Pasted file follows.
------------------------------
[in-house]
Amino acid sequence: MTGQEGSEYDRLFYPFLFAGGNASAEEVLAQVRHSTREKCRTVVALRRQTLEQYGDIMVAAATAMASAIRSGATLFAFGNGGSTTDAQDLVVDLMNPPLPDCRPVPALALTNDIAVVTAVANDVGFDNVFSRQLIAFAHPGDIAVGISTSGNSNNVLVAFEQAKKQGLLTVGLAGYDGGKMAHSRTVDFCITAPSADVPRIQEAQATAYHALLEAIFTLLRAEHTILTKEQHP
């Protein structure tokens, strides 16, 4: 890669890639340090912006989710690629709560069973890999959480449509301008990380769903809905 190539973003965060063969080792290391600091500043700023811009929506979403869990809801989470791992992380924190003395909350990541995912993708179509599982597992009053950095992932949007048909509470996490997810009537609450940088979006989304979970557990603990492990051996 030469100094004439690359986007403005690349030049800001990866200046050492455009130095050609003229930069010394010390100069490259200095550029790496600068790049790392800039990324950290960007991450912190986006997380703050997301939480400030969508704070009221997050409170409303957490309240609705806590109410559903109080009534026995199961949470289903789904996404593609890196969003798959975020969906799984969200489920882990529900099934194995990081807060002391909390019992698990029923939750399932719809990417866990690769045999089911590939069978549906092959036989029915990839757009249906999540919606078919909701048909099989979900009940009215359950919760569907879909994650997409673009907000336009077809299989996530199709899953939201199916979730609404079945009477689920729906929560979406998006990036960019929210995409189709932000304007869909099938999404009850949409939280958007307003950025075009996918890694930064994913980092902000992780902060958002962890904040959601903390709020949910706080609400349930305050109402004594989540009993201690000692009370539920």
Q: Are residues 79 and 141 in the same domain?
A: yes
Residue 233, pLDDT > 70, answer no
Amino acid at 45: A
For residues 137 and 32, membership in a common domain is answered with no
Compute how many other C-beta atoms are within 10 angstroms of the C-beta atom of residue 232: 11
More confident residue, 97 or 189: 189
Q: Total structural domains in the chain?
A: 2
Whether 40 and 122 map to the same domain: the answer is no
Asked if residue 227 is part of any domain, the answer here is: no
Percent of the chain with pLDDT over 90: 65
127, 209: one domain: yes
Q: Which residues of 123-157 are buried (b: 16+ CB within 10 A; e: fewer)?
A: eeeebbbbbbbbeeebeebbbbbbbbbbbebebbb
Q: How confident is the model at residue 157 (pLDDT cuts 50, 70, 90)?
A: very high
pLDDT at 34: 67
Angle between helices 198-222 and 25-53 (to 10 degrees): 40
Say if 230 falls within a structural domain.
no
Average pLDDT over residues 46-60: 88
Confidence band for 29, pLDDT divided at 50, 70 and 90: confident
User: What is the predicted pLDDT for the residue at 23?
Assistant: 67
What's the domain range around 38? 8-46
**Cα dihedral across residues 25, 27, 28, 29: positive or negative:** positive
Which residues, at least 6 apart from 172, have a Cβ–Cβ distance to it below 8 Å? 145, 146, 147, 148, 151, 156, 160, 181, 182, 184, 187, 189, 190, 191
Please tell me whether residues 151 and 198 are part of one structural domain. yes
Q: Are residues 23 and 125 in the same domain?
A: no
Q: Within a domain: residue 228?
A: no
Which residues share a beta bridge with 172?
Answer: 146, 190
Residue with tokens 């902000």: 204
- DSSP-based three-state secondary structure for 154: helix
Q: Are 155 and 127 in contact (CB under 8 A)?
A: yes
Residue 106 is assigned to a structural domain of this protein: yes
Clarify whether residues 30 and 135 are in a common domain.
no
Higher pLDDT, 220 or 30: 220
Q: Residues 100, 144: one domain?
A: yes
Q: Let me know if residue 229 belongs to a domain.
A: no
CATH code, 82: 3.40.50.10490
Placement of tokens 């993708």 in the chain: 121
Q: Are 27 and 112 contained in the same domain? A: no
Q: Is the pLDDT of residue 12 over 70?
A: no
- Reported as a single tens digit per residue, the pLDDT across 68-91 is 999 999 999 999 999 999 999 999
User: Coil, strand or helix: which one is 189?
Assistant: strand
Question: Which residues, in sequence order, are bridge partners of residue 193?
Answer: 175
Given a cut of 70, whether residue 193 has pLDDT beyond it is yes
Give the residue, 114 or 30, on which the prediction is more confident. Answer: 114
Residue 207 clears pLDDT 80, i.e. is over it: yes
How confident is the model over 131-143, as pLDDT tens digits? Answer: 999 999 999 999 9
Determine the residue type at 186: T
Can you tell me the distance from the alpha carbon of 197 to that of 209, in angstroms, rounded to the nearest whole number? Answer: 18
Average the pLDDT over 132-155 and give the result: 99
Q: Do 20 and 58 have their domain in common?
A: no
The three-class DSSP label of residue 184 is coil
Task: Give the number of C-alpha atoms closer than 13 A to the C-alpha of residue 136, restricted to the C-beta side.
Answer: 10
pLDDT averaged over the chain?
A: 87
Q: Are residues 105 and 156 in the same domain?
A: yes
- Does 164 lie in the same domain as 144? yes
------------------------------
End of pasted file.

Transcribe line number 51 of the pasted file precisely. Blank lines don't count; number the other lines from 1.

CATH code, 82: 3.40.50.10490